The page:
Plant viruses recruit their host cellular translation factors not only to translate their viral RNAs but also to facilitate their other infection processes, so the translation-related host factors were initially identified as pro-viral factors. Later, more and more pro-viral host factors, including translation/replication/movement/metabolism-related genes, have been identified and characterized and exploited to control viral diseases in plants. Recessive resistance is conferred by a recessive gene mutation that encodes a host factor critical for viral infection/life cycle or encodes a negative regulator of plant defense responses (Hashimoto et al., 2016). Therefore, it is ideal for obtaining a targeted recessive gene mutant by CRISPR/Cas systems. Eukaryotic translation initiation factors eIF4E, eIF4G, and their isoforms, eIF(iso)4E and eIF(iso)4G, are the most widely exploited recessive resistance genes required for plant RNA virus–protein translation processes in several crop species, and they are effective in defending against a subset of viral species (Lellis et al., 2002; Robaglia and Caranta, 2006; Wang and Krishnaswamy, 2012; Sanfaçon, 2015; Wang, 2015; Hashimoto et al., 2016). It has been reported that CRISPR/Cas9-edited eIF4E-knockout cucumber showed complete resistance to zucchini yellow mosaic virus (ZYMV), papaya ringspot mosaic virus-W (PRSV-W), and cucumber vein yellowing virus (CVYV) (Chandrasekaran et al., 2016). Also, a novel allele of rice, eIF4G, generated by CRISPR/Cas9-targeted mutagenesis showed resistance to rice tungro spherical virus (RTSV) (Macovei et al., 2018). The induced mutation in CRISPR/Cas9-mediated eIF(iso)4E in cassava and A. thaliana conferred full resistance to cassava brown streak virus (CBSV) or TuMV-GFP, respectively (Pyott et al., 2016; Gomez et al., 2019). Cassava encodes some alternative eIF4E-like proteins: novel cap-binding protein-1 (nCBP-1) and nCBP-2. When CRISPR/SpCas9 was used to target nCBP-1 or nCBP-2 in cassava plants, the mutant plants displayed successful resistance to CBSV (Gomez et al., 2019). The newly emerged CRISPR–Cas9n–cytidine base editor was also applied in antivirus engineering, which could convert the Arabidopsis eIF4E1 susceptibility allele into a resistance allele by introducing the N176K mutation to generate clover yellow vein virus (ClYVV)-resistant plants (Bastet et al., 2019). Recently, a soybean PBS1 decoy protein modified to contain a cleavage site for the soybean mosaic virus (SMV) NIa protease triggers cell death in soybean protoplasts, indicating that this CRISPR/Cas system can also be utilized to generate soybean resources resistant to SMV (Helm et al., 2019).
However, the current establishment of efficient, recessive resistance-type antiviral strategies was mainly dependent on eIF4s and their homologs against potyviruses and some related plant viruses. Therefore, more host susceptibility genes need to be identified and applied to obtain effective genetic resources against many other economically important plant viruses.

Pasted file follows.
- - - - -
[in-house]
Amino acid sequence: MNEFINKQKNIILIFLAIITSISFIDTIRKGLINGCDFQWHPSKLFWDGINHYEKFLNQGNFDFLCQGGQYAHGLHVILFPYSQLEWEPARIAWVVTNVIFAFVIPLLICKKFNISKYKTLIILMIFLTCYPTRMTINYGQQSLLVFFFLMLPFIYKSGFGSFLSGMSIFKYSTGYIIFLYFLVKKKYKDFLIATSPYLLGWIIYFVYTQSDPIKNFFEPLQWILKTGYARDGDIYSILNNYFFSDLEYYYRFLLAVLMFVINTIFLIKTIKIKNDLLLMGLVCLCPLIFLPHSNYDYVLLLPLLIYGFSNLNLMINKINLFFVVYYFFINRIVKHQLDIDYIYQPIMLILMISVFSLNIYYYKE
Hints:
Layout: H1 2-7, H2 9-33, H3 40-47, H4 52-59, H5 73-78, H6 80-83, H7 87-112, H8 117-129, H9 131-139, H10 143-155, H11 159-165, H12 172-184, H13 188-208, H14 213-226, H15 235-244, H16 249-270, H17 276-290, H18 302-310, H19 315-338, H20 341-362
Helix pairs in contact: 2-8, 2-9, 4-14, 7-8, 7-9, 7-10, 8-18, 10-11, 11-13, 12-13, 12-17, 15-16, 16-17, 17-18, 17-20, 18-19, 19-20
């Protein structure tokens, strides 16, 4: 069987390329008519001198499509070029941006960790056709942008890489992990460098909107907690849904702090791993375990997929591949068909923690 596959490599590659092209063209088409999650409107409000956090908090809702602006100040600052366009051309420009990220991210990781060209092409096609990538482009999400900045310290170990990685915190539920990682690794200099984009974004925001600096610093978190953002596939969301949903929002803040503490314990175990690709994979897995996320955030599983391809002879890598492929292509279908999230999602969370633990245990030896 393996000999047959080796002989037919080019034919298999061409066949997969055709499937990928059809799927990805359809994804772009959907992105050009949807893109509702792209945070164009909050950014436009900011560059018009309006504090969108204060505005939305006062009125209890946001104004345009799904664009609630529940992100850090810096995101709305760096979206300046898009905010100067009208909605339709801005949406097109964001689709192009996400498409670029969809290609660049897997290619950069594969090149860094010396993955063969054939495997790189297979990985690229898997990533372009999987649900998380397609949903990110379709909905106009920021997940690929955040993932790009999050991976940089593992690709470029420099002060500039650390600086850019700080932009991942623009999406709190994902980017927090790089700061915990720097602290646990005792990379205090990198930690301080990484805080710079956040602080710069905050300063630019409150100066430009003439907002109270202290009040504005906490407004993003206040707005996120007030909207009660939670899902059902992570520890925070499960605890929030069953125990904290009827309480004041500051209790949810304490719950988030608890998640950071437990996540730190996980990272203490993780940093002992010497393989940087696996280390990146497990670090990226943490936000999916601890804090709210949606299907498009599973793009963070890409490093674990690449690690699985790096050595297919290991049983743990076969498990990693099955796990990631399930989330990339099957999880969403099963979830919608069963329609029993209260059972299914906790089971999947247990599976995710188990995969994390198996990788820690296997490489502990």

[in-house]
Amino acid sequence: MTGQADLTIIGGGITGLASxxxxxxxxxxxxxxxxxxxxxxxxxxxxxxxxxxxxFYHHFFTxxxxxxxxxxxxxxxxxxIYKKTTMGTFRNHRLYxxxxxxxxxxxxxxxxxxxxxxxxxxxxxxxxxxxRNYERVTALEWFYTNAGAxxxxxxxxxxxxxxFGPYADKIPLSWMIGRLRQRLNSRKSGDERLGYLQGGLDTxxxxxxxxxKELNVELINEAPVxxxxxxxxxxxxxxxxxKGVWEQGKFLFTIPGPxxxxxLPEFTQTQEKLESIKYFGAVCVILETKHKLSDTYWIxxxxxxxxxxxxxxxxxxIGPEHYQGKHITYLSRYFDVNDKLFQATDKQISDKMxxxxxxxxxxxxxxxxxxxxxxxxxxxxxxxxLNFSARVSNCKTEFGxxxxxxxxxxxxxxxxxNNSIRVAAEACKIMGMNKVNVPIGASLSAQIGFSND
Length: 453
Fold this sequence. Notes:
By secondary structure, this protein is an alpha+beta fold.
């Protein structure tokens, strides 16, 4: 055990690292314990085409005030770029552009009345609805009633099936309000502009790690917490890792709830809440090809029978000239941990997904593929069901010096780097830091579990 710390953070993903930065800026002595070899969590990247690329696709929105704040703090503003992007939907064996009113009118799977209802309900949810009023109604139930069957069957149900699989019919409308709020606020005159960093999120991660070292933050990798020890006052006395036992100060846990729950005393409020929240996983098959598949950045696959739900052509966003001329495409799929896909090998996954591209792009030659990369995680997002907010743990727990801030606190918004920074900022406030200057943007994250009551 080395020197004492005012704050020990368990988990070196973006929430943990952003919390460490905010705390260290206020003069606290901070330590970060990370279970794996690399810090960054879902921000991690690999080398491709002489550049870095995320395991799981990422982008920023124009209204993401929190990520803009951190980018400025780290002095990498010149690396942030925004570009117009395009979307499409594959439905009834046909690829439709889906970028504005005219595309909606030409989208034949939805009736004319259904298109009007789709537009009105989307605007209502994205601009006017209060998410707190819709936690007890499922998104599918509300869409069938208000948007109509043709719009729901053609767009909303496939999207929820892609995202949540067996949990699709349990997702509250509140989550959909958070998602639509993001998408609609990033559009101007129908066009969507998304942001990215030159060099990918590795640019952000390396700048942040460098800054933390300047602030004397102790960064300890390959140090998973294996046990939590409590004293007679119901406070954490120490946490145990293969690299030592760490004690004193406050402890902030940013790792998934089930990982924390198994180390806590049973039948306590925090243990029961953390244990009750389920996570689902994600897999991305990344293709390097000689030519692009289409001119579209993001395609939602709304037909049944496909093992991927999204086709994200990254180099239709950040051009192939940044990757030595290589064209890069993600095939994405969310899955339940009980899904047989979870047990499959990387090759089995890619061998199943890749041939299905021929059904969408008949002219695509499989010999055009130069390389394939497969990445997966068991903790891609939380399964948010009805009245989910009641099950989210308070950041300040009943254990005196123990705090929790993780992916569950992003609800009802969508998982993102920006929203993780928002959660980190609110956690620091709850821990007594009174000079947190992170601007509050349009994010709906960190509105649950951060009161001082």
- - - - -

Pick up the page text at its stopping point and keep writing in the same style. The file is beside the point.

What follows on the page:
The Promising Host Susceptibility Genes for Antiviral Engineering in Plants
Although many dominant resistance genes against plant viruses have been identified, they are often genetically linked to undesired traits, including low yield, poor flavor, small size, and even developmental abnormities. Therefore, these resistance genes would not be valuable in antivirus engineering. Similarly, many host susceptibility genes involved in viral infection also affect plant viability. For example, the Arabidopsis ssi2 mutant, which accumulates high levels of the plant defense hormone salicylic acid (SA), confers resistance to CMV, but shows an abnormal growth phenotype (Sekine et al., 2004).
Here, we list some promising potential host factors to explore for antiviral breeding whose mutation or deficiency would not perturb plant growth or development, but can still confer resistance to many plant viruses mainly based on these reports (Lozano-Durán et al., 2011; Wang, 2015; Hashimoto et al., 2016; Garcia-Ruiz, 2018; Li and Wang, 2019; Li et al., 2019; Mäkinen, 2020; Table 1). Most of these host factors are related to viruses of the Geminiviridae family (nine genera, 485 species) and the Potyviridae family (12 genera, 228 species), which constitute almost half of the plant viruses described to date see text foot note 1 and cause devastating diseases in economically important crops. Based on the functions of these host factors, we classified them into four groups as follows:
(1) The negative regulators of plant defenses, such as rgs-CaM that inhibited RNA silencing through repressing the transcription level of RDR6 and degrading the SGS3 protein via autophagy (Li et al., 2018), and homeodomain leucine zipper protein 1 (HAT1) and its related genes HAT2 and HAT3, whose mutation conferred loss-of-susceptibility to CMV infection by accumulating high levels of SA and jasmonic acid (JA) (Zou et al., 2016).